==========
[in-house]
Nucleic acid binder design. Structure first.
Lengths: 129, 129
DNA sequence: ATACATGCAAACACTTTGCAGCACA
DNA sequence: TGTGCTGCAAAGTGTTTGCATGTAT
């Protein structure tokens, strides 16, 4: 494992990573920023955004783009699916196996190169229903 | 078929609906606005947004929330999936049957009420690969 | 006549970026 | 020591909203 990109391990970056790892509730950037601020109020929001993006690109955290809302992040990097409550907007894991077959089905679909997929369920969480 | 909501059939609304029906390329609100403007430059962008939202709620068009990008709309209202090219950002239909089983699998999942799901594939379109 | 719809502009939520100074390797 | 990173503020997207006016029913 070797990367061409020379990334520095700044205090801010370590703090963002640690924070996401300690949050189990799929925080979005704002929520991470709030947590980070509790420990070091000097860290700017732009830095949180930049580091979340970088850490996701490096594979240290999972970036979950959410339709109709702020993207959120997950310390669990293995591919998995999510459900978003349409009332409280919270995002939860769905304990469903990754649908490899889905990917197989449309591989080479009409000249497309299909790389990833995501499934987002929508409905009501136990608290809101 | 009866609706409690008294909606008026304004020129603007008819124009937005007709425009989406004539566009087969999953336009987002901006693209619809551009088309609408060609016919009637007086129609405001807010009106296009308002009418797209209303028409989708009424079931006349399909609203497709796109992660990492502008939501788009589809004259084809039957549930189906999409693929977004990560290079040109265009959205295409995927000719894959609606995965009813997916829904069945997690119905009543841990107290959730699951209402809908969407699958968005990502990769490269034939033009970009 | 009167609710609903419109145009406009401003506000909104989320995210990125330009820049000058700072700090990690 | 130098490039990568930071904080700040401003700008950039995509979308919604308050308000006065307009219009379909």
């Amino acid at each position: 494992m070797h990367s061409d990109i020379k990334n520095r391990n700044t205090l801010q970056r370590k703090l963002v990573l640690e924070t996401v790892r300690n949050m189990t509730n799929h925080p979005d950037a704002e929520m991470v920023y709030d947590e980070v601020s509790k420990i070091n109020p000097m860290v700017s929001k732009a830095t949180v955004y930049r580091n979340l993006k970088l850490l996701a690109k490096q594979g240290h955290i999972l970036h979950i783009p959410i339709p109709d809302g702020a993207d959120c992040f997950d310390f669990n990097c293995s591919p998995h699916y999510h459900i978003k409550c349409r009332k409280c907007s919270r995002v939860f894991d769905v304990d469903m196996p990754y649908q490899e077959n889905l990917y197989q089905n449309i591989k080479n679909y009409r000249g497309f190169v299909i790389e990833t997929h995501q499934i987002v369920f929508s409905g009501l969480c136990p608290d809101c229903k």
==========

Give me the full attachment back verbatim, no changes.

[in-house]
Nucleic acid binder design. Structure first.
Lengths: 129, 129
DNA sequence: ATACATGCAAACACTTTGCAGCACA
DNA sequence: TGTGCTGCAAAGTGTTTGCATGTAT
């Protein structure tokens, strides 16, 4: 494992990573920023955004783009699916196996190169229903 | 078929609906606005947004929330999936049957009420690969 | 006549970026 | 020591909203 990109391990970056790892509730950037601020109020929001993006690109955290809302992040990097409550907007894991077959089905679909997929369920969480 | 909501059939609304029906390329609100403007430059962008939202709620068009990008709309209202090219950002239909089983699998999942799901594939379109 | 719809502009939520100074390797 | 990173503020997207006016029913 070797990367061409020379990334520095700044205090801010370590703090963002640690924070996401300690949050189990799929925080979005704002929520991470709030947590980070509790420990070091000097860290700017732009830095949180930049580091979340970088850490996701490096594979240290999972970036979950959410339709109709702020993207959120997950310390669990293995591919998995999510459900978003349409009332409280919270995002939860769905304990469903990754649908490899889905990917197989449309591989080479009409000249497309299909790389990833995501499934987002929508409905009501136990608290809101 | 009866609706409690008294909606008026304004020129603007008819124009937005007709425009989406004539566009087969999953336009987002901006693209619809551009088309609408060609016919009637007086129609405001807010009106296009308002009418797209209303028409989708009424079931006349399909609203497709796109992660990492502008939501788009589809004259084809039957549930189906999409693929977004990560290079040109265009959205295409995927000719894959609606995965009813997916829904069945997690119905009543841990107290959730699951209402809908969407699958968005990502990769490269034939033009970009 | 009167609710609903419109145009406009401003506000909104989320995210990125330009820049000058700072700090990690 | 130098490039990568930071904080700040401003700008950039995509979308919604308050308000006065307009219009379909």
């Amino acid at each position: 494992m070797h990367s061409d990109i020379k990334n520095r391990n700044t205090l801010q970056r370590k703090l963002v990573l640690e924070t996401v790892r300690n949050m189990t509730n799929h925080p979005d950037a704002e929520m991470v920023y709030d947590e980070v601020s509790k420990i070091n109020p000097m860290v700017s929001k732009a830095t949180v955004y930049r580091n979340l993006k970088l850490l996701a690109k490096q594979g240290h955290i999972l970036h979950i783009p959410i339709p109709d809302g702020a993207d959120c992040f997950d310390f669990n990097c293995s591919p998995h699916y999510h459900i978003k409550c349409r009332k409280c907007s919270r995002v939860f894991d769905v304990d469903m196996p990754y649908q490899e077959n889905l990917y197989q089905n449309i591989k080479n679909y009409r000249g497309f190169v299909i790389e990833t997929h995501q499934i987002v369920f929508s409905g009501l969480c136990p608290d809101c229903k």